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Weeks would go by when he wouldn't think about it.

The gunslinger had gotten good at letting the dusty desert winds wring him dry. Out here, the sandstorms could peel the flesh from his bones, and so he had learned to rebuild. Imperfectly, reinvent.

He used what he had left, what had survived the long journey from Gilead. Fifteen years of training and discipline, and far more nasty memories than good ones to filled the gaps in between.

Some of what he remembered was true – some of it must have been the truth – but the desert had bleached his memory as white as bone. He couldn't be sure of how much anymore. He couldn't even be sure anymore if it mattered.

Weeks would go by when he wouldn't think about it. And then he would.


By the time Roland awoke, they had left the green hills of the Mejis behind. The last thing he remembered was that the air had smelled like wet pine and charred flesh. Strange, he thought; he had only seen Susan Delgado's death in the Wizard's Glass, and so there should have been no reason that he was still able to taste smoke on the back of his tongue, still hear the eager popping of burning wood.

But Roland knew he had never had much in the way of an imagination.

"Feeling better?"

He must have been, Roland realized. It seemed like it had been a long time since someone had talked to him in a way that made sense. The journey from the town of Hambry had been a blur of bird-language, of eating and drinking when food and water was offered, of closing his eyes when he was prodded into bed.

"Cuthbert…?" Roland muttered, and he made a little noncommittal motion with his head. He couldn't say he felt better, not while keeping a straight face. Right now, he only felt numb. Hollowed, as though the pain had been driven deep inside, deeper than he could touch right now.

"How long has it been?" he said instead. "A few days?"

Cuthbert laughed, but it was a thin, nervous sound. "Try a few weeks."

"Oh." He blinked in what might have passed for surprise. "That's… a long time

"Roland…" Cuthbert sighed. Roland had never seen him struggle for something to say before. Never seen his eyes skate away like that when Roland looked at him, turn down so they were cloaked behind long lashes. "We were pretty worried," Cuthbert finished at last.

"I'm sorry." He ought to have said more, Roland thought; it seemed he owed Cuthbert and Alain a great deal. But he wasn't sure where to begin.

Cuthbert sighed. "Don't say that. You'll only make us both feel worse if you do." He shifted a little, and his hand fell abruptly over Roland's, a hot insistent pressure. "If you want, we can palaver…"

Roland shook his head. "No. No… I don't want to talk about it."

But he let Cuthbert's hand stay, and even twisted a little in his grip, to lace their fingers together. All at once he was reminded of when they were young. Cuthbert used to wait until they had a moment alone, and then he would reach up and take Roland's face between his hands. And he would laugh a little, softly, and then kiss him.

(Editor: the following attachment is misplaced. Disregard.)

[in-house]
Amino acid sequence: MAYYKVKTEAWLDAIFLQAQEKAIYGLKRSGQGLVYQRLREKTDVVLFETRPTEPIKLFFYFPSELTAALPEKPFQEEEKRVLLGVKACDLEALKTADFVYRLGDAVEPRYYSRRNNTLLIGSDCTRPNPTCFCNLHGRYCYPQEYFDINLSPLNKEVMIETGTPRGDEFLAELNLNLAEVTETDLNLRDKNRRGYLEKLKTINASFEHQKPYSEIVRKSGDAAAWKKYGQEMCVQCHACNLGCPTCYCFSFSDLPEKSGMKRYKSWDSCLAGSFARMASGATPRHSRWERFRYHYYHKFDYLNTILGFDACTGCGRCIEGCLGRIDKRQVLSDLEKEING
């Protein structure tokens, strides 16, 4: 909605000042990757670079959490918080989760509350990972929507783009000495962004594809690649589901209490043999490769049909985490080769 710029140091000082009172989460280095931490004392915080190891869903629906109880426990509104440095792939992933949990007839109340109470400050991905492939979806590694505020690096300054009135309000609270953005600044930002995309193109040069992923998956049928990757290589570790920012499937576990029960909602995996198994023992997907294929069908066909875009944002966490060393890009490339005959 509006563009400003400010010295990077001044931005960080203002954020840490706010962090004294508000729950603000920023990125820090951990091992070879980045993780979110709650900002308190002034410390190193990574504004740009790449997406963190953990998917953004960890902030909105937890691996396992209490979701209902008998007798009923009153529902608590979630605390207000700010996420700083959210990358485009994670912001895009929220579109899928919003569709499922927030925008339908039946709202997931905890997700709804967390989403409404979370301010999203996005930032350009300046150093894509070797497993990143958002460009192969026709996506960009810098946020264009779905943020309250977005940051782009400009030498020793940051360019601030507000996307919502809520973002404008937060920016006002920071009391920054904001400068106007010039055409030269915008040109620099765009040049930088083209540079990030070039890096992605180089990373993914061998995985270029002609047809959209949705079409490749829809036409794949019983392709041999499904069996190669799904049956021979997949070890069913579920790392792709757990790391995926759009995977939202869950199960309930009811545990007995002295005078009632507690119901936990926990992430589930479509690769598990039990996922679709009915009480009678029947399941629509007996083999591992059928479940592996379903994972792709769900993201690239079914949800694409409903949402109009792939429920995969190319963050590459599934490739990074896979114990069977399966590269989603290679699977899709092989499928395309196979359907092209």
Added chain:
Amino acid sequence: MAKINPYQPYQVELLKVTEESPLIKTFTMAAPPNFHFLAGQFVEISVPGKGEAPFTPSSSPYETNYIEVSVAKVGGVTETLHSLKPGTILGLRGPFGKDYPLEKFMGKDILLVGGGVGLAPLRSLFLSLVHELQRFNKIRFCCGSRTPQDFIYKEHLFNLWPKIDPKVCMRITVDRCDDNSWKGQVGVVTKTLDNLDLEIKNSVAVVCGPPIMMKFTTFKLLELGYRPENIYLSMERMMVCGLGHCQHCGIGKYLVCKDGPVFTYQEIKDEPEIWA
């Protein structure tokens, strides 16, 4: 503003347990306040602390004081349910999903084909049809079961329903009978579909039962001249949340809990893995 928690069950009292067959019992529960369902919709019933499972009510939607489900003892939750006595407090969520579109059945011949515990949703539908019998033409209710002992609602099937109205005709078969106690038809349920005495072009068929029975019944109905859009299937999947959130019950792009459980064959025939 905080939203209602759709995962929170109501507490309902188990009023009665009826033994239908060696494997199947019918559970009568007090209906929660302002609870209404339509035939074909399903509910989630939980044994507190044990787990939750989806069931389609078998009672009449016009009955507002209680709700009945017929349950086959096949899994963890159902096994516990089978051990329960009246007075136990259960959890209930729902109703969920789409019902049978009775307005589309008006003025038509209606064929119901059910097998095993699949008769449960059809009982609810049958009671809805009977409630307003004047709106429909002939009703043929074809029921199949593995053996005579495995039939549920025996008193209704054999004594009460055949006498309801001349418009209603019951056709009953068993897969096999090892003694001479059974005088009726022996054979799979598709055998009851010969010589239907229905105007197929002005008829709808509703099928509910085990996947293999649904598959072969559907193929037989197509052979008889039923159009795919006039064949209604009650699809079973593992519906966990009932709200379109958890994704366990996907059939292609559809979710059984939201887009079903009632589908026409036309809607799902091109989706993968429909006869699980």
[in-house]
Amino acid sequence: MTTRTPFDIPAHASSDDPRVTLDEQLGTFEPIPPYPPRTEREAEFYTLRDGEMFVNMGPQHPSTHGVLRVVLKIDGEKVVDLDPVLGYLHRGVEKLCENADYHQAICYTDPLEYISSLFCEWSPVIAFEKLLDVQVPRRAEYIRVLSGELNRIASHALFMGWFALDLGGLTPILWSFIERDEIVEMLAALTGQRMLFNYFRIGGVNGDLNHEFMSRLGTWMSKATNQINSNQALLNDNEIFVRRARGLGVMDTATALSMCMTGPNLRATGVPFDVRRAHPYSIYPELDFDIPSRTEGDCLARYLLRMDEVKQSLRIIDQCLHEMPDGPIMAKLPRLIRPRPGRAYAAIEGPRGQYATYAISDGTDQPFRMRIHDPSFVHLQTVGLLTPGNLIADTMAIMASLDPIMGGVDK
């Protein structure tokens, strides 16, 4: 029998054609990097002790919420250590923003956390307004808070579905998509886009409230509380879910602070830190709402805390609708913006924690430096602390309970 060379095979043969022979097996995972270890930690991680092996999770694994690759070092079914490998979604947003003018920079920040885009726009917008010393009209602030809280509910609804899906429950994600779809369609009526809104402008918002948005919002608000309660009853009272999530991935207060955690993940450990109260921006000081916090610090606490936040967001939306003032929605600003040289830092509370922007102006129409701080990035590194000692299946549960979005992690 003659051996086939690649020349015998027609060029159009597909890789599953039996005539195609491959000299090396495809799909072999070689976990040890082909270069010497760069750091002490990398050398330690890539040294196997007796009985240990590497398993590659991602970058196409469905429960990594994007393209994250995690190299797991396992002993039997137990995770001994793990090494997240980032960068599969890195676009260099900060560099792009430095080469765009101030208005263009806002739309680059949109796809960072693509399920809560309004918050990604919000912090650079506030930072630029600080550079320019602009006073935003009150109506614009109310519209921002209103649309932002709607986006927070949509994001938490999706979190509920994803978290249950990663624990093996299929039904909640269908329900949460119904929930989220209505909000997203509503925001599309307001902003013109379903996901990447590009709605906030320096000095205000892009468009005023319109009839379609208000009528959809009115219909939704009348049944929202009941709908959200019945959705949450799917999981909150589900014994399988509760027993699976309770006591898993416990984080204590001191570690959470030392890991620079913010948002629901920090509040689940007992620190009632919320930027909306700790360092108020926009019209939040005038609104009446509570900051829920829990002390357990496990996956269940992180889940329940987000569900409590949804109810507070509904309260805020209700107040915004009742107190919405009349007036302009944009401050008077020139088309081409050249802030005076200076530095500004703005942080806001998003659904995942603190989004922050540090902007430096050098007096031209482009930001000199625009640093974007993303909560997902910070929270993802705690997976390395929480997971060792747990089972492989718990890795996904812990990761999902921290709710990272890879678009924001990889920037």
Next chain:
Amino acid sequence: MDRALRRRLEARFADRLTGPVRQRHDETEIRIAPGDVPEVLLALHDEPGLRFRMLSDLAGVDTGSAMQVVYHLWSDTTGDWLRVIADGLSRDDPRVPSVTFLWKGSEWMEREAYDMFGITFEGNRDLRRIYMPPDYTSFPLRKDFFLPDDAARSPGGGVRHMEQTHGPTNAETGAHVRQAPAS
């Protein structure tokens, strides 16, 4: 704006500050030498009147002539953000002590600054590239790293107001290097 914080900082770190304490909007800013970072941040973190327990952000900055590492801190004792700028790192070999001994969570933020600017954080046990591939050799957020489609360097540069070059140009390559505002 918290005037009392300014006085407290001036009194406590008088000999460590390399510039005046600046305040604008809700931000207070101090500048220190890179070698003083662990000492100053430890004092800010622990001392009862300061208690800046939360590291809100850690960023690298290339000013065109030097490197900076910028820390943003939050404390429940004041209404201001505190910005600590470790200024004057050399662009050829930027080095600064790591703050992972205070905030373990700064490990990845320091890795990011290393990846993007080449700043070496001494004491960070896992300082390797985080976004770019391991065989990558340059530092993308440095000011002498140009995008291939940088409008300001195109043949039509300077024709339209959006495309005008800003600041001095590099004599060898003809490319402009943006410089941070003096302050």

He said he was only practicing. Gunslingers were supposed to be great lovers, that's what all the women said, and so they ought to get good now so they wouldn't disappoint.

Roland hadn't been able to argue with logic like that. And then Cuthbert had stood a little taller on his toes, and kissed him again.

"You know," Roland said abruptly. "You know…"

"What?" Cuthbert leaned closer, against his shoulder. He was quiet for a while, waiting for Roland to speak. "Roland…" he murmured. Roland hadn't known Cuthbert could be so quiet. "Please say something."

"You know…" he tried again, "I told her that she was my first. My first… everything." His blue eyes flashed like heat lightning raging on the horizon. "Even my first kiss."

"I don't understand," Cuthbert said.

But he did. Even in this dim light Roland could see the blush heating across the bridge of his nose.

Cuthbert's shoulders fell in defeat. "Don't be weird, Roland," he said. "You know those didn't count for anything."


Cuthbert shook his head, but he didn't look up to meet Roland's gaze. "Of course not. We were just boys. It's not like… it meant anything."

There was a hesitation as he spoke those words, a tentativeness, but Roland didn't think too hard about it. He was afraid that, if he did, he would realize they were a lie.

Cuthbert had done so much for him already. He didn't want to be ungrateful.

And the other boy gave his hand one last squeeze before pulling away. He pushed to his feet.

Maybe he was a little shaky, but Roland was trying not to notice that, too. "You should eat something," Cuthbert said. "Alain did the cooking tonight, so it's not so bad. I think there's a snake left over."

Roland glanced up at him and smiled fragilely. "That would be fine."

What he really wanted was to thank Cuthbert for everything, but the words didn't come. They never would. Though perhaps he understood already; Cuthbert had always been good at things like that.


The gunslinger lifted a hand to shield his eyes from sun and sand.

On the horizon, a vulture wheeled across the cloudless sky, tracing a series of concentric circles, before folding its wings and dropping out of sight. He couldn't see the man in black anymore, but he knew that he needed only crest the next dune to catch sight of him again.

He thought that sometimes, late at night, the people he wanted least to remember crouched in the shadows just beyond the reach of the light from his campfire. Watching him and grinning fit to kill.

Maybe it was just the sun, but these days he remembered Cuthbert's face only in his dreams, his voice only in his more vivid hallucinations.